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Optimizer

The holistic SQL tuning series

I did a set of articles for Oracle Magazine on a more holistic view of SQL tuning. What do I mean by “holistic”? It was a reflection of a common problem that I see when questions come into AskTOM, or when people in the community approach me at conferences, namely, there is an inclination to dive straight into the deepest levels of the tuning exercise:

  • “What index should I create?”
  • “Should I increase the parallel degree?”

etc etc. And as technical practitioners, it is an easy trap to fall into. We too often fail to step back and approach the problem from its true requirement – that of, satisfying a business need. We might end up deep in the code, but we should probably not start there.

DDL invalidates your SQL right ?

I stumbled upon this post by optimizer guru Nigel Bayliss last week, so please have a read of that first before proceeding. But I wanted to show a simple demo of how management of cursors continues to improve with each version of the database.

No more stale statistics in 19c

There is an odd contradiction that we all encounter for most databases, especially if they are predominantly used during the business day. Here is how that contradiction comes to be – it is in the way that we obtain and use optimizer  statistics on those databases. The contradiction runs like this:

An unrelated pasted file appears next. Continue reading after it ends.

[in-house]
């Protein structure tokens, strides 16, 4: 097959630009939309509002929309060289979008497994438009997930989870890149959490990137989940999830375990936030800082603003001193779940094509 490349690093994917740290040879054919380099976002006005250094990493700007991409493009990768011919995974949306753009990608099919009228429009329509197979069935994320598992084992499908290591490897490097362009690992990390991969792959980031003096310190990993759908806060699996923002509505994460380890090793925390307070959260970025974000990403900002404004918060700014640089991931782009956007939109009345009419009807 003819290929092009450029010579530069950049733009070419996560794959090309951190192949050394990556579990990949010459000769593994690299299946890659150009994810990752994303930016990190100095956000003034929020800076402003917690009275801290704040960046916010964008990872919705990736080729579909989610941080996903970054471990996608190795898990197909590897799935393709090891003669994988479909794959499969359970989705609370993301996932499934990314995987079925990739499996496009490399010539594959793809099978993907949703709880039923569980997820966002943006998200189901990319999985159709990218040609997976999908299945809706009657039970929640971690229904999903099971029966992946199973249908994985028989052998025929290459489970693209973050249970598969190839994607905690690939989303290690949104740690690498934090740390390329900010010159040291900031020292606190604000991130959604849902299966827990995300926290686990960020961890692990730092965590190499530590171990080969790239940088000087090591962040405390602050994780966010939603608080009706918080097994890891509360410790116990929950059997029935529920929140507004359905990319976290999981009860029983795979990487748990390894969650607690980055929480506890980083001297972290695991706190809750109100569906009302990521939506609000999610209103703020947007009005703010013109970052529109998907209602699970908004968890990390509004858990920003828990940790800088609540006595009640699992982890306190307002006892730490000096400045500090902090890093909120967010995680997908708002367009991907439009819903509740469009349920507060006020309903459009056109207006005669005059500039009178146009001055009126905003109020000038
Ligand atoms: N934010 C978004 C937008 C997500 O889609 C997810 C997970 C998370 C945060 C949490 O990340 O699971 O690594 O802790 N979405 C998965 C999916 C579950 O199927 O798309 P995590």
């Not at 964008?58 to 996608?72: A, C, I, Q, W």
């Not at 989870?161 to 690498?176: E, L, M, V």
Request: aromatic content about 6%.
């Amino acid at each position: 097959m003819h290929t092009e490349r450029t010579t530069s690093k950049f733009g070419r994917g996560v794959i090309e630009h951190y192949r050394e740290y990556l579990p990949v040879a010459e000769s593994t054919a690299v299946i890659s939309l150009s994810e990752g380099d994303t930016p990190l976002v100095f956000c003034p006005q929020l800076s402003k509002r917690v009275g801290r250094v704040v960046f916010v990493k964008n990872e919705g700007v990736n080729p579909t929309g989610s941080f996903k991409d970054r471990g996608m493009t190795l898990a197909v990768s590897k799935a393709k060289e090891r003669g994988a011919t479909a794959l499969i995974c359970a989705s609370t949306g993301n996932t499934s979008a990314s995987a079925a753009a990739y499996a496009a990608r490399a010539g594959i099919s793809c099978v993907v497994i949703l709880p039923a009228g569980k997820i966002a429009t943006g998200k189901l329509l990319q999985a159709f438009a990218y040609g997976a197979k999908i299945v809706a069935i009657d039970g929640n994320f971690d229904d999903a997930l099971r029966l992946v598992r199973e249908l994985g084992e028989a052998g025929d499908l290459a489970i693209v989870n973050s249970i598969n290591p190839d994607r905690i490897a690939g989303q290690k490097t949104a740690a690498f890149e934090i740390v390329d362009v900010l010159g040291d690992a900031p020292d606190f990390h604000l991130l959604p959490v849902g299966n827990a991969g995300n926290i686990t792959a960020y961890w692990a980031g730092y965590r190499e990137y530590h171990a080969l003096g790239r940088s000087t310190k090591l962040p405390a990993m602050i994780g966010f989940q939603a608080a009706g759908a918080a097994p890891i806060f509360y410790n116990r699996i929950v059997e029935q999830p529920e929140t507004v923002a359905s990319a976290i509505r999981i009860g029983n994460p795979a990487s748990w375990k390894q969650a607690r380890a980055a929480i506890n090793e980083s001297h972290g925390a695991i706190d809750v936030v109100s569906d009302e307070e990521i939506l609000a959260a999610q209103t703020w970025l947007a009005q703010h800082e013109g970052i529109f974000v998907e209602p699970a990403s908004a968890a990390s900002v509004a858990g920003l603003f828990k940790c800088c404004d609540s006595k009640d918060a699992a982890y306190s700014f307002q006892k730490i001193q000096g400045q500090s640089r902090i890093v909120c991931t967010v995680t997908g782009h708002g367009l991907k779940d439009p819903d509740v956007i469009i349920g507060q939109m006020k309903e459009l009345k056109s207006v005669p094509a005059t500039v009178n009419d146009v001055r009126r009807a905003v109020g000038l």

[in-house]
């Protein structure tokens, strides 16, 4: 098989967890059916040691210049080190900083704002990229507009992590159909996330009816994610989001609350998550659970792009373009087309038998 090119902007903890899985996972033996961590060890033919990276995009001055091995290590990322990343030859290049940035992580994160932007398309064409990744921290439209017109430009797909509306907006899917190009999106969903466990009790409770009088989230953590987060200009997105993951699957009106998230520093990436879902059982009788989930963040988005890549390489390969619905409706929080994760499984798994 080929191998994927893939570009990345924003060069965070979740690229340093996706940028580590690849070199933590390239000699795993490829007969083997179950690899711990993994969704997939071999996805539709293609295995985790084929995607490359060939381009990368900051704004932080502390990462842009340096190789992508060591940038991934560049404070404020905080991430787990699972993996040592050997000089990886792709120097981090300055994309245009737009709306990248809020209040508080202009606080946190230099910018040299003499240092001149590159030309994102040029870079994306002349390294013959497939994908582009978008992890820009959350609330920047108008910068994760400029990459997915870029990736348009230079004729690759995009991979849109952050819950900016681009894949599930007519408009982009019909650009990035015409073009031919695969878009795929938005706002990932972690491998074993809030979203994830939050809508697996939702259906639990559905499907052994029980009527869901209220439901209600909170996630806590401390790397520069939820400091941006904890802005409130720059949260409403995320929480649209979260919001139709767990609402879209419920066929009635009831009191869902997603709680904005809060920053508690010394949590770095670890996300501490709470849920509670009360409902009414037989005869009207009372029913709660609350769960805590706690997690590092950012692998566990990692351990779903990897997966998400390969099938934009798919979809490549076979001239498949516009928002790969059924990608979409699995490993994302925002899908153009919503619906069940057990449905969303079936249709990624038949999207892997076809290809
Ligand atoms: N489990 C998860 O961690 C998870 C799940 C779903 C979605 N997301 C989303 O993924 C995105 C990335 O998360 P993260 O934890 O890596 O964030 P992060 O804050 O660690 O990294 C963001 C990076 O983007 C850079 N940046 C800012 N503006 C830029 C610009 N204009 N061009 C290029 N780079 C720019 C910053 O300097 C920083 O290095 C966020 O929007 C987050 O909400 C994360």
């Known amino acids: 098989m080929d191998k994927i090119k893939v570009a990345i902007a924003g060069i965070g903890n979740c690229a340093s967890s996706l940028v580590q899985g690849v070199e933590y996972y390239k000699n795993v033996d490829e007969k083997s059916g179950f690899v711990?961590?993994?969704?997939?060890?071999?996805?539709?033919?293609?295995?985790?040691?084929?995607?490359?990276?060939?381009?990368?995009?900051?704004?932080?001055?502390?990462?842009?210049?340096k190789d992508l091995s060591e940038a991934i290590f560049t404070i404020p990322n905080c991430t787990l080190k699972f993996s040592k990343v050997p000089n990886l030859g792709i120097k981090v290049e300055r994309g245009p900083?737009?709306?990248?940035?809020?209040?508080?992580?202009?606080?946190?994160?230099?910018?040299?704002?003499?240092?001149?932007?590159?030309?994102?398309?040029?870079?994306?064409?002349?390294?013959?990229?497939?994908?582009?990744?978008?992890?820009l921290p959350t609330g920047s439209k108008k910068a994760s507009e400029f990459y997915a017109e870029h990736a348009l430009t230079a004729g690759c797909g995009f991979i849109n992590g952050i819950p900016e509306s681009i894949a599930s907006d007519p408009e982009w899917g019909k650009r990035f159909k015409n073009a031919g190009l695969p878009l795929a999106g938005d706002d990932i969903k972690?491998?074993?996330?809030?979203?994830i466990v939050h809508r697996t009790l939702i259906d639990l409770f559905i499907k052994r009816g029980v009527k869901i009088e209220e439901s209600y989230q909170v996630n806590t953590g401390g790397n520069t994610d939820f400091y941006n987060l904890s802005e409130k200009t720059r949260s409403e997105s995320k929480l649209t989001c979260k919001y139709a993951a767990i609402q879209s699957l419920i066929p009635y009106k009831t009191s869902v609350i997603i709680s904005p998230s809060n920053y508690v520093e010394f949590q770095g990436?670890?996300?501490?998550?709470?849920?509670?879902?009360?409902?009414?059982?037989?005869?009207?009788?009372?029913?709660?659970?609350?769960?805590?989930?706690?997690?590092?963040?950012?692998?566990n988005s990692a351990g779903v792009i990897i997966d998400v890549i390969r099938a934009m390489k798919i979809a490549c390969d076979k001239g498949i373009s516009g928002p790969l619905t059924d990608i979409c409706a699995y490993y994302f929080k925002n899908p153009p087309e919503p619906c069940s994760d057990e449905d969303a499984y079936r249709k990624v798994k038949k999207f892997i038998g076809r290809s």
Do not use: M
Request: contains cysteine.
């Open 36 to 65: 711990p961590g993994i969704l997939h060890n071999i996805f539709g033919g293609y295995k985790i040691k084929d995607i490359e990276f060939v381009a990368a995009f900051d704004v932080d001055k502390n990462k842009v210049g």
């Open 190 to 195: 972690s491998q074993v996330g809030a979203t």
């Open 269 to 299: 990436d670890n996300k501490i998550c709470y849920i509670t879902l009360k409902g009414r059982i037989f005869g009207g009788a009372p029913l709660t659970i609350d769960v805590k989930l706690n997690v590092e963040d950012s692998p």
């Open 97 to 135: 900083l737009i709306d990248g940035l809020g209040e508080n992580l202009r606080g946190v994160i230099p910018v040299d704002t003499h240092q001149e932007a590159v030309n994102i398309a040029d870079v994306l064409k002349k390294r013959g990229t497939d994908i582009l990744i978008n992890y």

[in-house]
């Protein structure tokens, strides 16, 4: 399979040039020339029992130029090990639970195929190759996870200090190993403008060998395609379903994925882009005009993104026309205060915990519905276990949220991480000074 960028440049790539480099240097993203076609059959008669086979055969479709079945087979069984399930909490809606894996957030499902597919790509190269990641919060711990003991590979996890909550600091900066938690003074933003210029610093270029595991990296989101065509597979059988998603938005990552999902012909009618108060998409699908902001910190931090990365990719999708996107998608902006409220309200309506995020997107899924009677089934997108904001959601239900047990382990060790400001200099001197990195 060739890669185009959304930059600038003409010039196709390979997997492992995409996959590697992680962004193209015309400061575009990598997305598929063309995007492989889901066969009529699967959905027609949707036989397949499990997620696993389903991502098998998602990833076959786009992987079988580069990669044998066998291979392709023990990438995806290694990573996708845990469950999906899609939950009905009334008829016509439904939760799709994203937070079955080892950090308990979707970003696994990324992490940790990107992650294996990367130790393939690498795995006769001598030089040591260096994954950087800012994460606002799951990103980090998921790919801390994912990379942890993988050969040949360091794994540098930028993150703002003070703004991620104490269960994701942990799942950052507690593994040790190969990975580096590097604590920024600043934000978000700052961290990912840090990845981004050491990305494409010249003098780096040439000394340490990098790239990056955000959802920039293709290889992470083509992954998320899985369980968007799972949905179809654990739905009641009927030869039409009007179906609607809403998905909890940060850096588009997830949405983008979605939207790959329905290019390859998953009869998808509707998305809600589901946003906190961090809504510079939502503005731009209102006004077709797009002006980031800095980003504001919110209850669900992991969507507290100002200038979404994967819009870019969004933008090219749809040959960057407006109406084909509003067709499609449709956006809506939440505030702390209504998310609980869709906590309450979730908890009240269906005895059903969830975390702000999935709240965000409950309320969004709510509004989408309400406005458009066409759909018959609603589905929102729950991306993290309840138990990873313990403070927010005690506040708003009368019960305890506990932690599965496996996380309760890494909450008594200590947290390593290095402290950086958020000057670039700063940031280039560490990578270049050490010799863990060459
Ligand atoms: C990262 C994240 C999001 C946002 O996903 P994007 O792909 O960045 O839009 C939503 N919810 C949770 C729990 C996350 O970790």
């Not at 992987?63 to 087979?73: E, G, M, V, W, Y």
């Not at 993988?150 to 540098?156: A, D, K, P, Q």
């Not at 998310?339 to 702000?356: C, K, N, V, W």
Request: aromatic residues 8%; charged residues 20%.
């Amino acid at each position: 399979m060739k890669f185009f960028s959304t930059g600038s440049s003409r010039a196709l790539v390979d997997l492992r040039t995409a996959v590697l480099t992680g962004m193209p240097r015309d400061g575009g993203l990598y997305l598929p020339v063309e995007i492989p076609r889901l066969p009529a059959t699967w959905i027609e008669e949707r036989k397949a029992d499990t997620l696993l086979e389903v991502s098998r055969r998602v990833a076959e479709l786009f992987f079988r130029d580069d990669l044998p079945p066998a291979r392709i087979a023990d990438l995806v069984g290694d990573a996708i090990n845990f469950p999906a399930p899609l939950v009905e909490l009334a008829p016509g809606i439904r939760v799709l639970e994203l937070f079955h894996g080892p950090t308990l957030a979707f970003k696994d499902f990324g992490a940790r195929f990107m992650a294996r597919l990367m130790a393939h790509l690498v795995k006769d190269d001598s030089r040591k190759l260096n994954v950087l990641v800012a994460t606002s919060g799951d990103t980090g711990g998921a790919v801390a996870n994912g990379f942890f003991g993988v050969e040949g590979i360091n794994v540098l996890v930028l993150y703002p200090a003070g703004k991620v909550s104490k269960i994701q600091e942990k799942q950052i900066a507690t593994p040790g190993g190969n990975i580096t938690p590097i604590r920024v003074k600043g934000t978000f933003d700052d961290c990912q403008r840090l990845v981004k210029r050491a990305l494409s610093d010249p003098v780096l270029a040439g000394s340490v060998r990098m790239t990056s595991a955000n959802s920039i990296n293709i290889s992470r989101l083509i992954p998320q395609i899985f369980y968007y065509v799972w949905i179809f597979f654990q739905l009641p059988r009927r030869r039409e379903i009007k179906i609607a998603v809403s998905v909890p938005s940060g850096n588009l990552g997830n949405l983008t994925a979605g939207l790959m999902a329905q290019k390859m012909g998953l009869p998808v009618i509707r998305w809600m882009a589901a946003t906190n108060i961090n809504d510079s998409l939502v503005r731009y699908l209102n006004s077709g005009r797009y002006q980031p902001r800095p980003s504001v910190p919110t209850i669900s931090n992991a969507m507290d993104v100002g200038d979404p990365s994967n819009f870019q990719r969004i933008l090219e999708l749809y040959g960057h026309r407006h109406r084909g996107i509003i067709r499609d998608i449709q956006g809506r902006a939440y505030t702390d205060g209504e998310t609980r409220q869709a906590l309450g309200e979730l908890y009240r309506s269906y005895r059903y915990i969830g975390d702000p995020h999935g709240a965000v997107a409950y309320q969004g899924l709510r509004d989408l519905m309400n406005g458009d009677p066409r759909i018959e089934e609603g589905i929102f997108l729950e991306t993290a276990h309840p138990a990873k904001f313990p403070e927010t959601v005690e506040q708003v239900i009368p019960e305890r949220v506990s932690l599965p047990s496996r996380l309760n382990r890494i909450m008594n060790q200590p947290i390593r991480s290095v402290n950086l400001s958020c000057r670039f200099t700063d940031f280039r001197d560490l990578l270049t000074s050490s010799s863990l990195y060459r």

• To minimize service disruption, we gather statistics at a quiet time, for example, in the middle of the night
  • We then use those statistics during the business day whilst user activity is at its highest.
  • Highest user activity will typically mean the highest frequency of data changes.
  • Hence the statistics are at their peak accuracy when no-one is using them to optimize queries, and they are at their least accurate when everyone is using them to optimize queries!

We can demonstrate this easily with the following script run in 18c.

Statistics on Load